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Glen

Duncanville, TX, United States
  • 3
  • reviews
  • 20
  • helpful votes
  • 3
  • ratings
  • The Pursuit of God

  • By: A. W. Tozer
  • Narrated by: Mark Moseley
  • Length: 3 hrs and 15 mins
  • Unabridged
  • Overall
    4.5 out of 5 stars 1,209
  • Performance
    4.5 out of 5 stars 997
  • Story
    4.5 out of 5 stars 998

During a train trip from Chicago to Texas in the late 1940s, A.W. Tozer began to write The Pursuit of God. He wrote all night, and when the train arrived at his destination, the rough draft was done. The depth of this book has made it an enduring favorite.

  • 5 out of 5 stars
  • Great classic book to include in your library!

  • By Michael on 03-05-14

esteemed by many

Overall
4 out of 5 stars
Performance
5 out of 5 stars
Story
4 out of 5 stars

Reviewed: 09-09-12

Would you recommend this audiobook to a friend? If so, why?

As an excellent primer of the Christian life many of the issues with faith are addressed. The Pursuit of God seems better fitted for those who benefit from a rational approach than for those who are devotionally minded.

8 of 10 people found this review helpful

  • The Stranger

  • By: Albert Camus
  • Narrated by: Jonathan Davis
  • Length: 3 hrs and 27 mins
  • Unabridged
  • Overall
    4 out of 5 stars 3,086
  • Performance
    4.5 out of 5 stars 2,442
  • Story
    4 out of 5 stars 2,443

Albert Camus' The Stranger is one of the most widely read novels in the world, with millions of copies sold. It stands as perhaps the greatest existentialist tale ever conceived, and is certainly one of the most important and influential books ever produced. Now, for the first time, this revered masterpiece is available as an unabridged audio production.

  • 4 out of 5 stars
  • Is amorality bad?

  • By Rolando on 03-10-14

existentialism or cultic psychology?

Overall
2 out of 5 stars
Performance
5 out of 5 stars
Story
1 out of 5 stars

Reviewed: 09-09-12

This book wasn’t for you, but who do you think might enjoy it more?

Forty years ago I read S. Gilbert’s translation. Overtime, the story faded. Listening to M. Ward’s translation revived the story but has made it clear why the story was lost in memory. I am pleased to be of such simple dust so that I may find little merit in why so much of the reading population has found this story of interest. If I were to explain myself it would be the story is not really a very compelling expression of existentialism as it is of the cultic psychology engaged in by all those psychology majors over the last fifty years. As with the first reading, if I were not a disciplined reader I would have closed the book after the first chapter. The old copy on my book shelf is now in the trash. Sometimes it is pleasant to be dumber than all the intellectuals.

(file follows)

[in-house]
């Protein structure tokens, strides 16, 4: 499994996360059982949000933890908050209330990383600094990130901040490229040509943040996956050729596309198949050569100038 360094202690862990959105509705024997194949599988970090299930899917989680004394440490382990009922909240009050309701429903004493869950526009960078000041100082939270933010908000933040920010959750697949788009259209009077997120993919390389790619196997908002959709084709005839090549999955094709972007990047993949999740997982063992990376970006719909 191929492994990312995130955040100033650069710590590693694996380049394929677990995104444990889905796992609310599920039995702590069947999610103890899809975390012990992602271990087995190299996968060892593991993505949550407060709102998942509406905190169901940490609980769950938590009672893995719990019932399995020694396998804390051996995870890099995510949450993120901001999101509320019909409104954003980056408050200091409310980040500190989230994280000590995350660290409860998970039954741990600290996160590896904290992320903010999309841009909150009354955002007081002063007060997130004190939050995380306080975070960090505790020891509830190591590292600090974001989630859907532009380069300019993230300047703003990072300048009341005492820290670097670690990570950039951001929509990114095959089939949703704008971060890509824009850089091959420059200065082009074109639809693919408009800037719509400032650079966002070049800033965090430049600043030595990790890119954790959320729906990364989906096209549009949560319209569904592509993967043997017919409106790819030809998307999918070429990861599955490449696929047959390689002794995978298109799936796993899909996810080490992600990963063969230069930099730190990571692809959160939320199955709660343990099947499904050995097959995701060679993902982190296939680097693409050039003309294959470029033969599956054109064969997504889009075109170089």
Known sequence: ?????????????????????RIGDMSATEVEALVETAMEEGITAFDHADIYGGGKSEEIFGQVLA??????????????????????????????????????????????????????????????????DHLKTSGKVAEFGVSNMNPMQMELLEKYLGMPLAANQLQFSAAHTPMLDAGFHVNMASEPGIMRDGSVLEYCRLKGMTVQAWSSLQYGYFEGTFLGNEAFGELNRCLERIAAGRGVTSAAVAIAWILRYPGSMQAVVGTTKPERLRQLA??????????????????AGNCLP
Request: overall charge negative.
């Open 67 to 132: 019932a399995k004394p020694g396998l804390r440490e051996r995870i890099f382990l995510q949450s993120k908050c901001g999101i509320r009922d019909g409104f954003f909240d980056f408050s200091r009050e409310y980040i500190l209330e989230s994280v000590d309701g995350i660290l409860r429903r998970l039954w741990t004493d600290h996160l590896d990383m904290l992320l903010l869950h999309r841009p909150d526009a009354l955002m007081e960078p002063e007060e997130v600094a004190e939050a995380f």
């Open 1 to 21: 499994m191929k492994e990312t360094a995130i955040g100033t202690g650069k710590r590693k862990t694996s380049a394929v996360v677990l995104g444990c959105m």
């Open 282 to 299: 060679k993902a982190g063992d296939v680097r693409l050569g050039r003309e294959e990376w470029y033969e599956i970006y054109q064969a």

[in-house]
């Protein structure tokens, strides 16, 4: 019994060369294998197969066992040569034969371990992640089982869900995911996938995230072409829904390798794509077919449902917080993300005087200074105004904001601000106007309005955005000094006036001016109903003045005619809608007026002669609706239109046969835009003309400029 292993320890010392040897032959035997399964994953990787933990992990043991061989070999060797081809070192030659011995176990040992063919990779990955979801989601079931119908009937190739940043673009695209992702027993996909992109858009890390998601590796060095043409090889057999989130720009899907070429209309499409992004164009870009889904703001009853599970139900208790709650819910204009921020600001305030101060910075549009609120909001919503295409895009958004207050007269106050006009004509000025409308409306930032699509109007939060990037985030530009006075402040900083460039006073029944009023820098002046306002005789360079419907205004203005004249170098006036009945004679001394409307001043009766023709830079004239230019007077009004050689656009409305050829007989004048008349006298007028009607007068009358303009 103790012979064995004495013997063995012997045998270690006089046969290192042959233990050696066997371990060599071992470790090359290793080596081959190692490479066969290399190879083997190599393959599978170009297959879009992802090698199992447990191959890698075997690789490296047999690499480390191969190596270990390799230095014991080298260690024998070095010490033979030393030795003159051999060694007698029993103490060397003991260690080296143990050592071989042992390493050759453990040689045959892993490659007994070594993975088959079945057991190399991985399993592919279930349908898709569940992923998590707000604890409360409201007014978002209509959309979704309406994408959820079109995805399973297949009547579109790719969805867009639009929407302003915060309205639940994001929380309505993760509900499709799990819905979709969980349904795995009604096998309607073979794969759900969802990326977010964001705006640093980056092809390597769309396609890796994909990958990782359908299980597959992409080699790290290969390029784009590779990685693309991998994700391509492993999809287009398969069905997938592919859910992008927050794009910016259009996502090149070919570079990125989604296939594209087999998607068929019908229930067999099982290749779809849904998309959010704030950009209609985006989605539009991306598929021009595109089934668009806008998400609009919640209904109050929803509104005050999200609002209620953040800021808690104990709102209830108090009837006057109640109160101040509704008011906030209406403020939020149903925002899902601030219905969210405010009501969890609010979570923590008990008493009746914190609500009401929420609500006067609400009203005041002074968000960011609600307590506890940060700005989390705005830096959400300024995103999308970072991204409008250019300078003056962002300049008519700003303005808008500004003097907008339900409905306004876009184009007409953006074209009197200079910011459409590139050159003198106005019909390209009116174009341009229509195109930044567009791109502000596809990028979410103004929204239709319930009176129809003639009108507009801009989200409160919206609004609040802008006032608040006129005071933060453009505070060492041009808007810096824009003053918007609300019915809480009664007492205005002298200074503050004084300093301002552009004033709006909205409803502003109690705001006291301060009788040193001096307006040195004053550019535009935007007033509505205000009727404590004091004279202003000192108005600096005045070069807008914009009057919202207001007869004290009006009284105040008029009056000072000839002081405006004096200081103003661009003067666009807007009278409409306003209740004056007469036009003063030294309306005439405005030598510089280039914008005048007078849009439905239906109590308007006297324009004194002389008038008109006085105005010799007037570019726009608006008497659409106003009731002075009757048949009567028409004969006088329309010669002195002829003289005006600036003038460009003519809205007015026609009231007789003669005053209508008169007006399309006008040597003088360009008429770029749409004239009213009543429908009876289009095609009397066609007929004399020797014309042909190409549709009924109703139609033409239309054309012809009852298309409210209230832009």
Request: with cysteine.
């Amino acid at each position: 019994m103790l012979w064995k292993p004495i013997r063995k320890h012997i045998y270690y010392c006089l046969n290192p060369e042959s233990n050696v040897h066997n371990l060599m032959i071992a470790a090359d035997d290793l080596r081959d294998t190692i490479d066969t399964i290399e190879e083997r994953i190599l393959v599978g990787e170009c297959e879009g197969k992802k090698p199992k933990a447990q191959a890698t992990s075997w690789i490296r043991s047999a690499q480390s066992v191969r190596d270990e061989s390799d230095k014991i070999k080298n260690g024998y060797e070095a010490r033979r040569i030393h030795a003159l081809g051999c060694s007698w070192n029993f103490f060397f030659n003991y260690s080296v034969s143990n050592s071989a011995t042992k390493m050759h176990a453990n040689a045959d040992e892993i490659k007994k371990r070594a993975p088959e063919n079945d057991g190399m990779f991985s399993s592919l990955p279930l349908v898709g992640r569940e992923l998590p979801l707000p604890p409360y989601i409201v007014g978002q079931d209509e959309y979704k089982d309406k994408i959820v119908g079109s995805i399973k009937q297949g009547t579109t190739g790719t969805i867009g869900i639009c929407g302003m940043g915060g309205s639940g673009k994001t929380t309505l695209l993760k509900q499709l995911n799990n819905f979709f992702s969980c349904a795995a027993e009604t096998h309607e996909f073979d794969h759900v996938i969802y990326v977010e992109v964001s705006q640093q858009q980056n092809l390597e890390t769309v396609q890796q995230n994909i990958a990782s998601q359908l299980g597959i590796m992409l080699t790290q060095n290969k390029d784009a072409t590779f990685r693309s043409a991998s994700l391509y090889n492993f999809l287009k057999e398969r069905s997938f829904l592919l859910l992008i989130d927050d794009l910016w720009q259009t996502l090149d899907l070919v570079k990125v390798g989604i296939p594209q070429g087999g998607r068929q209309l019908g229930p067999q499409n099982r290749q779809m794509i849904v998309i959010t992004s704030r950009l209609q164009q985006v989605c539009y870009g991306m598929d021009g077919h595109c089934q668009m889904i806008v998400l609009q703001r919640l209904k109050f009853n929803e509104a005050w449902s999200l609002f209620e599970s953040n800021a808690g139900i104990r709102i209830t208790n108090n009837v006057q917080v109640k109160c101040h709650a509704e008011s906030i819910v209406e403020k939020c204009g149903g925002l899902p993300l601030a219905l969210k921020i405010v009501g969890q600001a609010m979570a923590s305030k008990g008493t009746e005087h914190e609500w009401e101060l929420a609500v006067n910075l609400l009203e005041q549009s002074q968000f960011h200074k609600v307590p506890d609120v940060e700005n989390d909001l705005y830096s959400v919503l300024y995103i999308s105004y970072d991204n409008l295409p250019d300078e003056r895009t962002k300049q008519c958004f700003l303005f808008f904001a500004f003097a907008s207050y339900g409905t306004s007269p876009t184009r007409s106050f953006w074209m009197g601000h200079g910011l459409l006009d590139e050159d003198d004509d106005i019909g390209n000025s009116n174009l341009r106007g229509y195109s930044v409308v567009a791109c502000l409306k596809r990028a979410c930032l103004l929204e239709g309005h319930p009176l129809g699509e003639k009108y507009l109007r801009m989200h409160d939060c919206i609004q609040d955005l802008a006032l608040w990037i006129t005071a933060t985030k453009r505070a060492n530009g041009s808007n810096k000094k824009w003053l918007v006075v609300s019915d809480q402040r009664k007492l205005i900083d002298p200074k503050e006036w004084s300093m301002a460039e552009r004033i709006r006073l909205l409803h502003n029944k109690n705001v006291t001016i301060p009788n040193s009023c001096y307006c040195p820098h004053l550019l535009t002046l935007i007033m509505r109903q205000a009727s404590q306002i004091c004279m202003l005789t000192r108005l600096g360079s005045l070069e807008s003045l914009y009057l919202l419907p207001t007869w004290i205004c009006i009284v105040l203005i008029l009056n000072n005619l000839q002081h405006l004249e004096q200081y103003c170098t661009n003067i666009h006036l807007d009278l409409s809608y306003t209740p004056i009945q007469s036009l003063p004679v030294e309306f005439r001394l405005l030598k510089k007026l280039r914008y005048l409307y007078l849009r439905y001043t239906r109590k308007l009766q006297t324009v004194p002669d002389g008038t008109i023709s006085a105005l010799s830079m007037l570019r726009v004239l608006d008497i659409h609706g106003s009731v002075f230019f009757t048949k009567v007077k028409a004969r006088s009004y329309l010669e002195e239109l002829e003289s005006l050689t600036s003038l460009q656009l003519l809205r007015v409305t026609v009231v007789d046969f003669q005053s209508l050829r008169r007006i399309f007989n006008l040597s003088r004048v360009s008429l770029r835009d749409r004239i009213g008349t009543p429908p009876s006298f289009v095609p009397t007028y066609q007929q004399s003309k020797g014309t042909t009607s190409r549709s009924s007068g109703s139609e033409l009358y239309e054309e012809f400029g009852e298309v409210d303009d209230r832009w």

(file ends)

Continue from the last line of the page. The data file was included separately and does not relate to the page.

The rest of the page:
11 of 14 people found this review helpful

  • Beyond the Hundredth Meridian

  • John Wesley Powell and the Second Opening of the West
  • By: Wallace Stegner
  • Narrated by: Mark Bramhall
  • Length: 17 hrs and 5 mins
  • Unabridged
  • Overall
    4 out of 5 stars 167
  • Performance
    4 out of 5 stars 132
  • Story
    4 out of 5 stars 132

Pulitzer Prize winner Wallace Stegner recounts the remarkable career of Major John Wesley Powell, the distinguished ethnologist and geologist who explored the Colorado River, the Grand Canyon, and the homeland of the Southwest Indian tribes. This classic work is a penetrating and insightful study of the Powell’s career, from the beginning of the Powell Survey, in which Powell and his men famously became the first to descend the Colorado River, to his eventual expulsion from the Geological Survey.

  • 5 out of 5 stars
  • History repeats itself.

  • By Roy on 09-12-11

Tracing the Meridian of the Environmental Movement

Overall
3 out of 5 stars
Performance
5 out of 5 stars
Story
3 out of 5 stars

Reviewed: 08-30-12

Would you say that listening to this book was time well-spent? Why or why not?

This is an important work for the origins of the environmental movement as testified to by Mr. Stegner. All who enjoy wilderness and western history should appreciate this work as well as those interested in post civil war federal politics and bureaucracy.

1 of 1 people found this review helpful